Does God actually promise earthly prosperity or temporal wealth to believers as a part of His commitment to provide for us? What about physical healing, or deliverance from tribulation, or persecution?
- Philippians 4:19: “But my God shall supply all your need according to his riches in glory by Christ Jesus.” — What are our needs? – “And having food and raiment let us be therewith content” (1 Timothy 6:8).
- Matthew 6:33: “But seek ye first the kingdom of God, and his righteousness; and all these things shall be added unto you.” — What “things” is He talking about? – “Therefore take no thought, saying, What shall we eat? or, What shall we drink? or, Wherewithal shall we be clothed? (For after all these things do the Gentiles seek:) for your heavenly Father knoweth that ye have need of all these things” (Matthew 6:31-32).
These promises, along with many others, encourage us to view life from a positive perspective. We can, and should depend on God to help us when we face unexpected challenges, but the character of that “help” is determined by God’s purpose for us, rather than our desires.
We live in human, sinful flesh. Our flesh provides physical pleasure, fulfillment, and from a human perspective, purpose for our existence. But it is also the source of our pain, suffering, disappointment and confusion. It is our flesh that will cause our human death. Therefore, it is only reasonable for us to focus on the quality of this life, and it is not wrong for us to do so. We must, however, maintain an eternal perspective.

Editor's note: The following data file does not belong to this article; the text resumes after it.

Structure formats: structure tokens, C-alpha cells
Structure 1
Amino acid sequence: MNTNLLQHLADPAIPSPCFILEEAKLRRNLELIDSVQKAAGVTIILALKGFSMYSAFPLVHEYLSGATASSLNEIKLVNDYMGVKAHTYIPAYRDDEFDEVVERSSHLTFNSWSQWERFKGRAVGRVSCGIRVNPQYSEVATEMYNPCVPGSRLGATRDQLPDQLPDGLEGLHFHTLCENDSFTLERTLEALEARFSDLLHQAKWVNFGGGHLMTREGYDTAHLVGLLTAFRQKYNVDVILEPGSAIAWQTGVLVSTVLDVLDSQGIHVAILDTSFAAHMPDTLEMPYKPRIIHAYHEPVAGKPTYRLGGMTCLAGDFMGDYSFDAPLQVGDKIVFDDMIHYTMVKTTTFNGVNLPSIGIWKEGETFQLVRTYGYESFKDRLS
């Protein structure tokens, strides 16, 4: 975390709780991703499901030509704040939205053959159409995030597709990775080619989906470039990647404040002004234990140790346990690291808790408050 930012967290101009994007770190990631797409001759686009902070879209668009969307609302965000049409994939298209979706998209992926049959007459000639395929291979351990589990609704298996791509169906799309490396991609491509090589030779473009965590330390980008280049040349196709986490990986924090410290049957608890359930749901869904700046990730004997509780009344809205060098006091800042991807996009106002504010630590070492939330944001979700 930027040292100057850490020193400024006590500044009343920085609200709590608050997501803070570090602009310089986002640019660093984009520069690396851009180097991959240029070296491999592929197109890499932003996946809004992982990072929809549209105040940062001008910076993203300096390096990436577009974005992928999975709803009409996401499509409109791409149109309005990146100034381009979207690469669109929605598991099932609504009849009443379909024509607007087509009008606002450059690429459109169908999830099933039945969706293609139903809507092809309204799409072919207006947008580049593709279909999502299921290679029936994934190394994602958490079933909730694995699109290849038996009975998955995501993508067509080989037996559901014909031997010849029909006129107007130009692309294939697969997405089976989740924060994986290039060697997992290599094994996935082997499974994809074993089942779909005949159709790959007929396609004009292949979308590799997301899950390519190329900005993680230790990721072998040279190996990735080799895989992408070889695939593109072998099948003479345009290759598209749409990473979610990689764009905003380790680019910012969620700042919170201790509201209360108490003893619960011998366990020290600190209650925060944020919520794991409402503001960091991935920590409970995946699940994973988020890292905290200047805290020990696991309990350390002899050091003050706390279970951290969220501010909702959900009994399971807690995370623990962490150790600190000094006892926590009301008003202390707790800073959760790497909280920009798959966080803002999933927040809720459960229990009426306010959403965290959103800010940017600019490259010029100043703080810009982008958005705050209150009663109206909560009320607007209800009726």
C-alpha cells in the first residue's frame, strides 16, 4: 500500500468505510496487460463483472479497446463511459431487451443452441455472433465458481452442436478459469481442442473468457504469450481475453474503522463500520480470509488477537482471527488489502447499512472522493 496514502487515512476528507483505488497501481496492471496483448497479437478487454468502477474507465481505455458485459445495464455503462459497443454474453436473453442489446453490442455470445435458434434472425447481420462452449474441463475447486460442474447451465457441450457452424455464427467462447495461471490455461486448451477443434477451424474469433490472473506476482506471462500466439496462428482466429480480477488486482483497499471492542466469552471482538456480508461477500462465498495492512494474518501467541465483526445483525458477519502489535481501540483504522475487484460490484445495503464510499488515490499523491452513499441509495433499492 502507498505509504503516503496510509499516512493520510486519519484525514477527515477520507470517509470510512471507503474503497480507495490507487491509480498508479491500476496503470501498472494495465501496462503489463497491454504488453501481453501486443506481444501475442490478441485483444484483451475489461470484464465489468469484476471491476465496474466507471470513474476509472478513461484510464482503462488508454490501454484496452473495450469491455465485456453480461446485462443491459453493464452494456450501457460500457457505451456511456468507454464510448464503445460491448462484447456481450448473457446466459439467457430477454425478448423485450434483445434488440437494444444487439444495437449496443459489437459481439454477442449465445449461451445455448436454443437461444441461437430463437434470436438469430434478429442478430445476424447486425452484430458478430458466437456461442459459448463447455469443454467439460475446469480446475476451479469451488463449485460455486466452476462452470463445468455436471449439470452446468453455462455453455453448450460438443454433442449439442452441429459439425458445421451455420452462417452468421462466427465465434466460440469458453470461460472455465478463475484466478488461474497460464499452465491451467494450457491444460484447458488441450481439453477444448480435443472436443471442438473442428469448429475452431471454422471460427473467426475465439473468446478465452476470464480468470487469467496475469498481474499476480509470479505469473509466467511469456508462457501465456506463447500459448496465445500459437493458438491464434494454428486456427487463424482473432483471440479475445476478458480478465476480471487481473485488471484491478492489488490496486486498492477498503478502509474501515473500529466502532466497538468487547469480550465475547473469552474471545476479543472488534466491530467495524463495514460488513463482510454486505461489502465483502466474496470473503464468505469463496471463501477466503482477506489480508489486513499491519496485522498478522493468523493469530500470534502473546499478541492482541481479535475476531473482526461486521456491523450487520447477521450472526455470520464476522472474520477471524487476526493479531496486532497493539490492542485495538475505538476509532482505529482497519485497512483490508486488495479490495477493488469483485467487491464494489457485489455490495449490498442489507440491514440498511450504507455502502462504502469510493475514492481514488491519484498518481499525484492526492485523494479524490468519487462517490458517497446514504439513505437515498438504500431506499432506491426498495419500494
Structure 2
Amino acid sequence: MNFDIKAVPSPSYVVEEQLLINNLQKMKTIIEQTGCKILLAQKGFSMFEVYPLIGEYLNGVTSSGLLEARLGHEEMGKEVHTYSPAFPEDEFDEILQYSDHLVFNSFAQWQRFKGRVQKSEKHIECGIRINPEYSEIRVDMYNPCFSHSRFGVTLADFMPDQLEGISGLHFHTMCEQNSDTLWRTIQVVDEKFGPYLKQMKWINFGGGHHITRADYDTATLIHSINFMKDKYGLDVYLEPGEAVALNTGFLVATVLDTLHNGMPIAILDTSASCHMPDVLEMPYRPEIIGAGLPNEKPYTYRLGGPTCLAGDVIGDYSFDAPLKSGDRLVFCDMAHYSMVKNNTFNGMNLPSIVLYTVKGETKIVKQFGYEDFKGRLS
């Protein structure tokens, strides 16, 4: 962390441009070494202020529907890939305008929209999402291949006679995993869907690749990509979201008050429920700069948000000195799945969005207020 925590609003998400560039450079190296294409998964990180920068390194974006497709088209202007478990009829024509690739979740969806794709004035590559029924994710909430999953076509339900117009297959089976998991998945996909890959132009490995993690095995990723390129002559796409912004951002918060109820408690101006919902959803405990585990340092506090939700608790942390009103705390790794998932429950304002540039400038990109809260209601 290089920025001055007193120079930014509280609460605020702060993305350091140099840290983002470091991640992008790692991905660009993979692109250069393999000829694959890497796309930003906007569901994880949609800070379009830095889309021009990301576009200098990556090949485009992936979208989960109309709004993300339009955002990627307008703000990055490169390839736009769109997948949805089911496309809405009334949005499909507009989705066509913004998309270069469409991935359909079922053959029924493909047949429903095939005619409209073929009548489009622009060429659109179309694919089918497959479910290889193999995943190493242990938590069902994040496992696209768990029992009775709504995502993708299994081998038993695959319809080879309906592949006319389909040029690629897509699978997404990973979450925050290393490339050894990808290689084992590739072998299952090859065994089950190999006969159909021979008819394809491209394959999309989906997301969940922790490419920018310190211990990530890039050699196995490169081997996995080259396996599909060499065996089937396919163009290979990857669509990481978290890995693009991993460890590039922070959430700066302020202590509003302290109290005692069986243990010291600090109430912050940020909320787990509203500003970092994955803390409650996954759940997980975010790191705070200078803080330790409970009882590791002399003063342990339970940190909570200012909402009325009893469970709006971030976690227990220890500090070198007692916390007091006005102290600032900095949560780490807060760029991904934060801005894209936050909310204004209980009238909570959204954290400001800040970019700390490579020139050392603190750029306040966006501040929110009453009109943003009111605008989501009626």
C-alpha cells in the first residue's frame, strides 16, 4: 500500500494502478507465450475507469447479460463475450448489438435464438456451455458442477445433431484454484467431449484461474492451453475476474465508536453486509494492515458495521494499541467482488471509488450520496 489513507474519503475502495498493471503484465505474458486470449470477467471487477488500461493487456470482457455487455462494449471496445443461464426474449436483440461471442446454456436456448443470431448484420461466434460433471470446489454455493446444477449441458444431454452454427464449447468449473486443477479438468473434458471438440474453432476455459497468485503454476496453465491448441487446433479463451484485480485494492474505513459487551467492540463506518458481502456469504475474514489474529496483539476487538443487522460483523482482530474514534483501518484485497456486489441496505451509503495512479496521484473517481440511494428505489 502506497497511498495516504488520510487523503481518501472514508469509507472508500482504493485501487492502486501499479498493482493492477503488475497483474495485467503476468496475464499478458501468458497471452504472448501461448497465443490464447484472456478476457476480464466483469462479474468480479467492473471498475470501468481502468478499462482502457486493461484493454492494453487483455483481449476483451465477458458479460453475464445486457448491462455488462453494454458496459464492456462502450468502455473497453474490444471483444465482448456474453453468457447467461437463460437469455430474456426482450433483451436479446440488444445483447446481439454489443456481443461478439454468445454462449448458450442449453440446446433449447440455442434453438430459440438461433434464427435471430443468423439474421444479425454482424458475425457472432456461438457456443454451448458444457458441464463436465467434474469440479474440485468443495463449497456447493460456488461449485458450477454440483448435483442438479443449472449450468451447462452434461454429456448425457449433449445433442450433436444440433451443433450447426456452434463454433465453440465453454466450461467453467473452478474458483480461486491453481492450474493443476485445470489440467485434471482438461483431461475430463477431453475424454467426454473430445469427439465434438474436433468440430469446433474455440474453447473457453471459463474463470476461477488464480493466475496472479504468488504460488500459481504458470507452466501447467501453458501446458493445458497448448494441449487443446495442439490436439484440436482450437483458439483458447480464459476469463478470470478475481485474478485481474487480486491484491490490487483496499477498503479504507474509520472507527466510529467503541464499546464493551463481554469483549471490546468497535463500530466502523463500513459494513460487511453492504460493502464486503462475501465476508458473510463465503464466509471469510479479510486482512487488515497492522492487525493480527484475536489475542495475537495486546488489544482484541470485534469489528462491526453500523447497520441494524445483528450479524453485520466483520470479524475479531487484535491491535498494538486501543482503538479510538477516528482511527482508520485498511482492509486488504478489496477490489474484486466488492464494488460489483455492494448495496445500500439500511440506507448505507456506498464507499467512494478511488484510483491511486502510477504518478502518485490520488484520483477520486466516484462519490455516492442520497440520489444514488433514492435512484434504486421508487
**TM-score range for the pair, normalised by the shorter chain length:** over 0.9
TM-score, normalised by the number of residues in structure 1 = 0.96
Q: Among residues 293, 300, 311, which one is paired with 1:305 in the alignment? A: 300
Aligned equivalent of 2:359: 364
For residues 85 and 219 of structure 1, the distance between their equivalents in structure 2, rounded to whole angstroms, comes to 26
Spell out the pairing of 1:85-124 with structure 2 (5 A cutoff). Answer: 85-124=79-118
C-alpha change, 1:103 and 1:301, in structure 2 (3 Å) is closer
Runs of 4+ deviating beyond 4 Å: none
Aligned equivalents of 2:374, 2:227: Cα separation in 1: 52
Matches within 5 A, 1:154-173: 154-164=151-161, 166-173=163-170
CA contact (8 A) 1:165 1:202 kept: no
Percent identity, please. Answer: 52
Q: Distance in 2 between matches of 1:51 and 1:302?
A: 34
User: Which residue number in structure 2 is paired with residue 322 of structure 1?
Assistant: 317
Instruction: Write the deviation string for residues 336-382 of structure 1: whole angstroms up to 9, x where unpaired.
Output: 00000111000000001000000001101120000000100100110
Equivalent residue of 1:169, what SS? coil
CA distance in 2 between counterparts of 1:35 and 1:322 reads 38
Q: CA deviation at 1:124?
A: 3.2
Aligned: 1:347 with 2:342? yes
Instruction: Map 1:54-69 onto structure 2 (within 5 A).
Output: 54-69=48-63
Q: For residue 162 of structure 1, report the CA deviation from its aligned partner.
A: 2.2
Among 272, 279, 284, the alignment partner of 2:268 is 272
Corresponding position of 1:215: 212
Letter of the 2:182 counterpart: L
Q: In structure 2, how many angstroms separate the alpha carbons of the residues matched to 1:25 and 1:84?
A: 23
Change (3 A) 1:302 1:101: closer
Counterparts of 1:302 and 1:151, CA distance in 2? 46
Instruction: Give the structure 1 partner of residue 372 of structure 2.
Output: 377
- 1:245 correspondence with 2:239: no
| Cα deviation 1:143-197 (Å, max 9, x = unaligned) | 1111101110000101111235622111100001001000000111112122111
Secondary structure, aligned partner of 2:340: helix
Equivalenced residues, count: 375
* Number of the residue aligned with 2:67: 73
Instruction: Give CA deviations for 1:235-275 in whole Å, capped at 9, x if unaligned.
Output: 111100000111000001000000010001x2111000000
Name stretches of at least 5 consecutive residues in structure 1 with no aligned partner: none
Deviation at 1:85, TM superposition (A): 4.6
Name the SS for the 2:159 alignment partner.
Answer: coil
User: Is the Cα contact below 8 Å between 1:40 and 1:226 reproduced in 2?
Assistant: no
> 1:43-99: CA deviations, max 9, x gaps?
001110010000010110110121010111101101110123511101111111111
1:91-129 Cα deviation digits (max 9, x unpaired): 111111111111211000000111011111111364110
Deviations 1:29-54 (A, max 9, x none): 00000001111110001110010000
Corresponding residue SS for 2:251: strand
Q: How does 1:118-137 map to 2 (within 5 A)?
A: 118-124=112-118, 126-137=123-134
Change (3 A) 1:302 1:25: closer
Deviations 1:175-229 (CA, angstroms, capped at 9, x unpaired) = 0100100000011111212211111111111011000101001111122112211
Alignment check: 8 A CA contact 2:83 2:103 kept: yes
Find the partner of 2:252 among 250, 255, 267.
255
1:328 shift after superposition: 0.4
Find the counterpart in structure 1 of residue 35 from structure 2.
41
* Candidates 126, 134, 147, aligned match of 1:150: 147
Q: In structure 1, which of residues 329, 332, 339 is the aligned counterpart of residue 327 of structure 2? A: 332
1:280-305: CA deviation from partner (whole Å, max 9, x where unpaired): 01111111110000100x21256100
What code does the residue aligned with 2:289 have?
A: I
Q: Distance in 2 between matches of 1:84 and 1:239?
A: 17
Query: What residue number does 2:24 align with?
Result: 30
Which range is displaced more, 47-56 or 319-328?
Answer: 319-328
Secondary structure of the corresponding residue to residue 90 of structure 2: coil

God’s concern for us has far less to do with the quality of our earthly life than the strength of our character. Romans 8:29: “For whom he did foreknow, he also did predestinate to be conformed to the image of his Son, that he might be the firstborn among many brethren.” The ultimate goal for every believer is to be conformed to the image of Christ. He is our example. Earthly challenges help to shape our character and make us more like our Savior.
God’s concern for us has far less to do with the quality of our earthly life than the status of our personal relationship with Him. Jesus did not die on the cross to save us from pain and suffering in this life. If He had, then no man would ever have to die. In Ephesians 2 we learn that Jesus died to break down the “middle wall of partition” between us and God, reconciling us to Him and providing us with access “by one spirit unto the father” (V. 14-18). Our fellowship with the Father is often improved because of those unexpected and undeserved earthly challenges that seem so unbearable.
God’s concern for us has far less to do with the quality of our earthly life than the glory of our eternal home. Becoming too focused on earthly possessions encourages us to undervalue that which is most significant in our lives as believers. Jesus told His disciples to “Lay not up for yourselves treasures upon earth, where moth and rust doth corrupt, and where thieves break through and steal: But lay up for yourselves treasures in heaven, where neither moth nor rust doth corrupt, and where thieves do not break through nor steal: For where your treasure is, there will your heart be also” (Matthew 6:19-21).
Is there ever a cause for despair in the life of a believer? It depends upon our focus. Abraham, Joseph, Moses, David, Job, Elijah, Paul and Peter, along with most of Jesus’ disciples had battles with despair – because they were clothed in human flesh. It is important, however, to remember that they did not stay there. Once they got their focus redirected, the despair gave way to faith, hope, and patience as they anticipated the fulfillment of God’s promises to them.
It matters not what we are going through. God is eagerly at work, and when His work is finished we will not only recognize the benefit of His work, we will be thankful for it, because at that point we will understand that everything was done specifically “for our good.”